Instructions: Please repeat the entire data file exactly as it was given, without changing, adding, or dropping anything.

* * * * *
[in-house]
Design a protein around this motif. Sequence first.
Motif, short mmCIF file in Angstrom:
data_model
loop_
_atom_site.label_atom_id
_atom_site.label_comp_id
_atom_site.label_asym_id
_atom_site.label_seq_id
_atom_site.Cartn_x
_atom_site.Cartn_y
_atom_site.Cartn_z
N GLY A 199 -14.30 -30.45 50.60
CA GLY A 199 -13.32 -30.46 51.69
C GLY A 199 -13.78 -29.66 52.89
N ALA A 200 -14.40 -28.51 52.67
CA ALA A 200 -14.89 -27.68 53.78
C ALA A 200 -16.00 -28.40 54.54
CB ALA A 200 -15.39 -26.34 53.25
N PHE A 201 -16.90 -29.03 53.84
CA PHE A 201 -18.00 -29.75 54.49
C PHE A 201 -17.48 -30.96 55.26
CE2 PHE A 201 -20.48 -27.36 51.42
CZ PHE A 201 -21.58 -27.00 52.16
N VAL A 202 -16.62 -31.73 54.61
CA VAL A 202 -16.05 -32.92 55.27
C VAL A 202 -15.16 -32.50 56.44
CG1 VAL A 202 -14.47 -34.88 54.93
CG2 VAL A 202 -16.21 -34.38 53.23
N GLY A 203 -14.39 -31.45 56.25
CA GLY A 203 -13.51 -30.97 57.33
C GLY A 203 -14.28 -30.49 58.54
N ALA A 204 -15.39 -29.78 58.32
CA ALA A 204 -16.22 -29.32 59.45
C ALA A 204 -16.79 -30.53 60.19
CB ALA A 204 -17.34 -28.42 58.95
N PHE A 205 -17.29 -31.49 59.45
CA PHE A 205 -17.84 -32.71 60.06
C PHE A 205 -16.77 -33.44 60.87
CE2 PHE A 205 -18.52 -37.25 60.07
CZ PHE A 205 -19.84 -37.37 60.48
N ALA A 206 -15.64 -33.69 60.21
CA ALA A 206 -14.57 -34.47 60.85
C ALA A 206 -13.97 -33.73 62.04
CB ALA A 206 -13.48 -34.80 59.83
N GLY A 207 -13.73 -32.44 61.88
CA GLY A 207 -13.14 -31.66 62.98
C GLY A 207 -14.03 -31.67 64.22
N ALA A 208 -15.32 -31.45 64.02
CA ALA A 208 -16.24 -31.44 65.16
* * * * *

[in-house]
Design a protein around this motif. Sequence first.
Motif, short mmCIF file in Angstrom:
data_model
loop_
_atom_site.label_atom_id
_atom_site.label_comp_id
_atom_site.label_asym_id
_atom_site.label_seq_id
_atom_site.Cartn_x
_atom_site.Cartn_y
_atom_site.Cartn_z
N GLY A 199 -14.30 -30.45 50.60
CA GLY A 199 -13.32 -30.46 51.69
C GLY A 199 -13.78 -29.66 52.89
N ALA A 200 -14.40 -28.51 52.67
CA ALA A 200 -14.89 -27.68 53.78
C ALA A 200 -16.00 -28.40 54.54
CB ALA A 200 -15.39 -26.34 53.25
N PHE A 201 -16.90 -29.03 53.84
CA PHE A 201 -18.00 -29.75 54.49
C PHE A 201 -17.48 -30.96 55.26
CE2 PHE A 201 -20.48 -27.36 51.42
CZ PHE A 201 -21.58 -27.00 52.16
N VAL A 202 -16.62 -31.73 54.61
CA VAL A 202 -16.05 -32.92 55.27
C VAL A 202 -15.16 -32.50 56.44
CG1 VAL A 202 -14.47 -34.88 54.93
CG2 VAL A 202 -16.21 -34.38 53.23
N GLY A 203 -14.39 -31.45 56.25
CA GLY A 203 -13.51 -30.97 57.33
C GLY A 203 -14.28 -30.49 58.54
N ALA A 204 -15.39 -29.78 58.32
CA ALA A 204 -16.22 -29.32 59.45
C ALA A 204 -16.79 -30.53 60.19
CB ALA A 204 -17.34 -28.42 58.95
N PHE A 205 -17.29 -31.49 59.45
CA PHE A 205 -17.84 -32.71 60.06
C PHE A 205 -16.77 -33.44 60.87
CE2 PHE A 205 -18.52 -37.25 60.07
CZ PHE A 205 -19.84 -37.37 60.48
N ALA A 206 -15.64 -33.69 60.21
CA ALA A 206 -14.57 -34.47 60.85
C ALA A 206 -13.97 -33.73 62.04
CB ALA A 206 -13.48 -34.80 59.83
N GLY A 207 -13.73 -32.44 61.88
CA GLY A 207 -13.14 -31.66 62.98
C GLY A 207 -14.03 -31.67 64.22
N ALA A 208 -15.32 -31.45 64.02
CA ALA A 208 -16.24 -31.44 65.16